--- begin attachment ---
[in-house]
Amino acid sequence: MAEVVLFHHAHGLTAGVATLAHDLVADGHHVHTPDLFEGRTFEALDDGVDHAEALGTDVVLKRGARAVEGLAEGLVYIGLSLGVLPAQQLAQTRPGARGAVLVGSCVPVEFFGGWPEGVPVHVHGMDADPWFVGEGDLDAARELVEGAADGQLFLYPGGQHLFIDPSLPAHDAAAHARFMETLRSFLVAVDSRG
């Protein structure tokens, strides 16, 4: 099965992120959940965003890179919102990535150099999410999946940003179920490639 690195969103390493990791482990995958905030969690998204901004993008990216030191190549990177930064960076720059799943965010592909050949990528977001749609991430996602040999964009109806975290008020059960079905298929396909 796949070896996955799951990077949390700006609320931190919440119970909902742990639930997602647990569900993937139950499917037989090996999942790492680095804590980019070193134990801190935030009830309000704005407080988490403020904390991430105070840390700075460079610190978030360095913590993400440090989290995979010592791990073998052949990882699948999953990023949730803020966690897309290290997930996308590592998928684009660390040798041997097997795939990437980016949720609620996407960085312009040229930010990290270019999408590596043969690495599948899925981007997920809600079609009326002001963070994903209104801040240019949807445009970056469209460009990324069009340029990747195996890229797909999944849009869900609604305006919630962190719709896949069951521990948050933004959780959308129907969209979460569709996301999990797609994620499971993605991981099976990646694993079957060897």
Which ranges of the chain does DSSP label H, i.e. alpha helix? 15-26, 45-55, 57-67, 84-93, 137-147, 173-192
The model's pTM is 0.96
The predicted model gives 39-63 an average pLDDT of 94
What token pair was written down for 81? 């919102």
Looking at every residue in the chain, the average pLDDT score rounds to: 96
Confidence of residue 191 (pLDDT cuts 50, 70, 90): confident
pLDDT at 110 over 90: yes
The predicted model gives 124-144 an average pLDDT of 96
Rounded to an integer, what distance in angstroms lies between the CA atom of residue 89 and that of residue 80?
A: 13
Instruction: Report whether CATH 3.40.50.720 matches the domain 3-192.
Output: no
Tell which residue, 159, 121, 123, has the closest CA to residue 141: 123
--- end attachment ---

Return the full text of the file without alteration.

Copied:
[in-house]
Amino acid sequence: MAEVVLFHHAHGLTAGVATLAHDLVADGHHVHTPDLFEGRTFEALDDGVDHAEALGTDVVLKRGARAVEGLAEGLVYIGLSLGVLPAQQLAQTRPGARGAVLVGSCVPVEFFGGWPEGVPVHVHGMDADPWFVGEGDLDAARELVEGAADGQLFLYPGGQHLFIDPSLPAHDAAAHARFMETLRSFLVAVDSRG
């Protein structure tokens, strides 16, 4: 099965992120959940965003890179919102990535150099999410999946940003179920490639 690195969103390493990791482990995958905030969690998204901004993008990216030191190549990177930064960076720059799943965010592909050949990528977001749609991430996602040999964009109806975290008020059960079905298929396909 796949070896996955799951990077949390700006609320931190919440119970909902742990639930997602647990569900993937139950499917037989090996999942790492680095804590980019070193134990801190935030009830309000704005407080988490403020904390991430105070840390700075460079610190978030360095913590993400440090989290995979010592791990073998052949990882699948999953990023949730803020966690897309290290997930996308590592998928684009660390040798041997097997795939990437980016949720609620996407960085312009040229930010990290270019999408590596043969690495599948899925981007997920809600079609009326002001963070994903209104801040240019949807445009970056469209460009990324069009340029990747195996890229797909999944849009869900609604305006919630962190719709896949069951521990948050933004959780959308129907969209979460569709996301999990797609994620499971993605991981099976990646694993079957060897």
Which ranges of the chain does DSSP label H, i.e. alpha helix? 15-26, 45-55, 57-67, 84-93, 137-147, 173-192
The model's pTM is 0.96
The predicted model gives 39-63 an average pLDDT of 94
What token pair was written down for 81? 């919102």
Looking at every residue in the chain, the average pLDDT score rounds to: 96
Confidence of residue 191 (pLDDT cuts 50, 70, 90): confident
pLDDT at 110 over 90: yes
The predicted model gives 124-144 an average pLDDT of 96
Rounded to an integer, what distance in angstroms lies between the CA atom of residue 89 and that of residue 80?
A: 13
Instruction: Report whether CATH 3.40.50.720 matches the domain 3-192.
Output: no
Tell which residue, 159, 121, 123, has the closest CA to residue 141: 123